newborn screening for cystic fibrosis

Report
UPDATE ON CYSTIC FIBROSIS
NEWBORN SCREENING IN OHIO
Leora Langdon RN, CPNP
Heather Workman, MS
Charlotte Lemming MSW, LISW-S
Robert Fink, M.D.
Update in CF Newborn Screening
• Testing:
• Cystic Fibrosis Testing in NBS Began August 30,2006
– Initially an IRT (testing pancreatic function) >200 was an
abnormal result and triggered DNA test
– DNA Mutation panel tested for 23 CF mutations initially
– Elevated IRT and at least one CF mutation noted on screen
was considered moderate risk for CF and triggered referral to
CF Center
– Elevated IRT of >270 and no mutations also considered
moderate risk for CF and recommendation for redraw of NBS
at 4 weeks of age
Update in CF Newborn Screening
• Testing
• Beginning April 2008, Mutation panel changed to 42
mutations screened and IRT lowered to 140. Value >
270 remained cut off for repeat NBS if no mutation
detected
• Beginning February 2010, The units used for IRT
express the concentration of IRT. IRT >96 Percentile is
evaluated on daily basis and is in the range of 56-65
ng/ml. ( Equivalent to 123-143 previous value)
• Currently IRT value higher than 120 and no mutation
detected, will be noted as moderate risk for CF and
recommend redraw of NBS at 4 weeks of age
Update in CF Newborn Screening
• Process at Dayton Children’s:
• ODH NBS lab fax positive screen report to CF Center and
PMD
• PMD makes initial contact with parent to report positive
screen and need for further evaluation
• PMD then contacts CF Center by phone or fax(Leora Langdon
937-641-5582 or fax 937-641-5390) to notify that parent
contact has been made
• Leora Langdon will then contact parent to schedule testing
and counseling. Initial contact is made within 24-48 hours of
notification with process, testing and counseling, completed
before 1 month of age.
Update in CF Newborn Screening
Process at Dayton Children’s:
- Family arrives at Dayton Children’s lab for sweat testing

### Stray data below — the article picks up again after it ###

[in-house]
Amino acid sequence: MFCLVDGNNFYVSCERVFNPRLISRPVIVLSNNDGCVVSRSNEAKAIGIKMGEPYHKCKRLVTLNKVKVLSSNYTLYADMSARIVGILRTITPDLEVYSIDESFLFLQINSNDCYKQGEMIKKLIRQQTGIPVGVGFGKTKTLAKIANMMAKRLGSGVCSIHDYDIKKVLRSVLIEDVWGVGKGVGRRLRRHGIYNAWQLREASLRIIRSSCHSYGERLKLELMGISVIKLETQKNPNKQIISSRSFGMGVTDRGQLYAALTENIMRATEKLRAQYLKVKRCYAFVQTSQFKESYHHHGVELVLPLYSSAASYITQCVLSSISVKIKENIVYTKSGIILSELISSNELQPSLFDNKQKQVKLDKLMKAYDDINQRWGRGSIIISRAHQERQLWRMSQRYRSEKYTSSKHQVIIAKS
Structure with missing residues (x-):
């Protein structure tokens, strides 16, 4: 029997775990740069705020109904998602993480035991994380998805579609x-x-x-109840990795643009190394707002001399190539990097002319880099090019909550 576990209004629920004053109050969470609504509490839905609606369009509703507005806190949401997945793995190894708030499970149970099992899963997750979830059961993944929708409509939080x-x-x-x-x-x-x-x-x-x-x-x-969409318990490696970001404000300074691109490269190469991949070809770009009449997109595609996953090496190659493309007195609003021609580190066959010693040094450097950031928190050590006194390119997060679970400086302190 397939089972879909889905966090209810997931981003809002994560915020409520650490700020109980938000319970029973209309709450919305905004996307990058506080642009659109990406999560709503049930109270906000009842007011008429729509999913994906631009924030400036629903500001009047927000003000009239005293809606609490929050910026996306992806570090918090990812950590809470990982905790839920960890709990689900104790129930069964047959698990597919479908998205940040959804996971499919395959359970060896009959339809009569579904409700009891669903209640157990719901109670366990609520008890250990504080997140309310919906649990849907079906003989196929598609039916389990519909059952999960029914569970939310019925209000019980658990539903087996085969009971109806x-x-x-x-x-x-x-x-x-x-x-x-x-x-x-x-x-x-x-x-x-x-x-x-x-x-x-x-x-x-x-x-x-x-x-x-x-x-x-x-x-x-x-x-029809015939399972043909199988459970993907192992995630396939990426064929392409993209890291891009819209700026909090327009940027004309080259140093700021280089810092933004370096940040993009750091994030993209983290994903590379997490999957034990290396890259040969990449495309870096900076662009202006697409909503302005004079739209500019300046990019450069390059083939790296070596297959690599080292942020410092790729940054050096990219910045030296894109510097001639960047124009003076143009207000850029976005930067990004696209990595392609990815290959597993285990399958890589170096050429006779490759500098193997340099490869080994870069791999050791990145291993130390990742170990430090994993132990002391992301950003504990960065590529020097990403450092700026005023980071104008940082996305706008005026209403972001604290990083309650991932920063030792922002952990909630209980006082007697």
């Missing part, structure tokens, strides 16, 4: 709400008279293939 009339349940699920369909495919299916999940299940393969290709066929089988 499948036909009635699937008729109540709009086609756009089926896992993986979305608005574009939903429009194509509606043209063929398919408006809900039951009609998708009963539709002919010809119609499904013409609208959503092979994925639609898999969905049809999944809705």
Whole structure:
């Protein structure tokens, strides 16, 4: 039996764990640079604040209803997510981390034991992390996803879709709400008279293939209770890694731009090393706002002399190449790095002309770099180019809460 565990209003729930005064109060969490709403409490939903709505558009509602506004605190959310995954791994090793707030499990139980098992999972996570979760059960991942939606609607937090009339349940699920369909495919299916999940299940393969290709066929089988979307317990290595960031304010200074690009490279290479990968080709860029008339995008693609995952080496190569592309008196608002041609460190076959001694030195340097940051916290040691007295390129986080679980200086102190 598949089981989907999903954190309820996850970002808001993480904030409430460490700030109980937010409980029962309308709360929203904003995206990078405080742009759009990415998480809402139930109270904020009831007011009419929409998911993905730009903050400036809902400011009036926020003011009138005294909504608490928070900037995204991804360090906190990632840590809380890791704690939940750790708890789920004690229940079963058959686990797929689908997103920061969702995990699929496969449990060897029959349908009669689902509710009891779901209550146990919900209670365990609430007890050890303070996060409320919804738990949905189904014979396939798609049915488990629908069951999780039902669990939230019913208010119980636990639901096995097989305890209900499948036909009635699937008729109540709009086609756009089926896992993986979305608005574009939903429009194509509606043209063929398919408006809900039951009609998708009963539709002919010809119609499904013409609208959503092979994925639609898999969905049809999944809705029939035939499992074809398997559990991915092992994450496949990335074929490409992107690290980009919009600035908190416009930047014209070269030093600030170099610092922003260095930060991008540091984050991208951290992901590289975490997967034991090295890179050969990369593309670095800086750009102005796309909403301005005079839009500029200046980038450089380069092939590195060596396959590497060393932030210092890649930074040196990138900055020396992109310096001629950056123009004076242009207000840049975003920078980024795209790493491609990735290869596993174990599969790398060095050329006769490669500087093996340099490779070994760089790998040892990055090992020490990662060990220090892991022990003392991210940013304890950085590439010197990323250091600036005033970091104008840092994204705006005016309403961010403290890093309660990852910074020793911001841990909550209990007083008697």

and once testing completed they are instructed to go to
pulmonary clinic to meet with Leora Langdon for review of
test results and education.
- Genetic counselor also will meet with family in pulmonary
clinic that same visit.
Update in CF Newborn Screening
• OTHER OHIO CF CENTERS CF NBS PROCESS:
– Schedule sweat testing at around 3-4 weeks of age
– Parent is notified of results at testing visit or within
the same day
– Genetic counseling provided at all CF centers and at
one CF center a CF physician meets with all families
• DIFFERENT STATES:
– Different algorithms based on each states particular
populations as well as consideration of cost, and
resources available for follow up.
Update in CF Newborn Screening
• Screening: From 8/2006 through 8/2011
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CF Carriers = 220
Positive diagnosed with CF = 31
CF Metabolic Syndrome = 13
Referred to other Centers (by physician or parent
choice) = 58
Lost to follow up = 6
Declined follow up = 4
Died = 2
Total = 334 (Received from ODH NBS lab)
Update in CF Newborn Screening
• Positives noted in process:
– Quick scheduling- Able to be tested/seen within 23 weeks of age
– Seen by CF Center Nurse and genetic counselor at
same visit
– If positive testing seen same day by physician
Update in CF Newborn Screening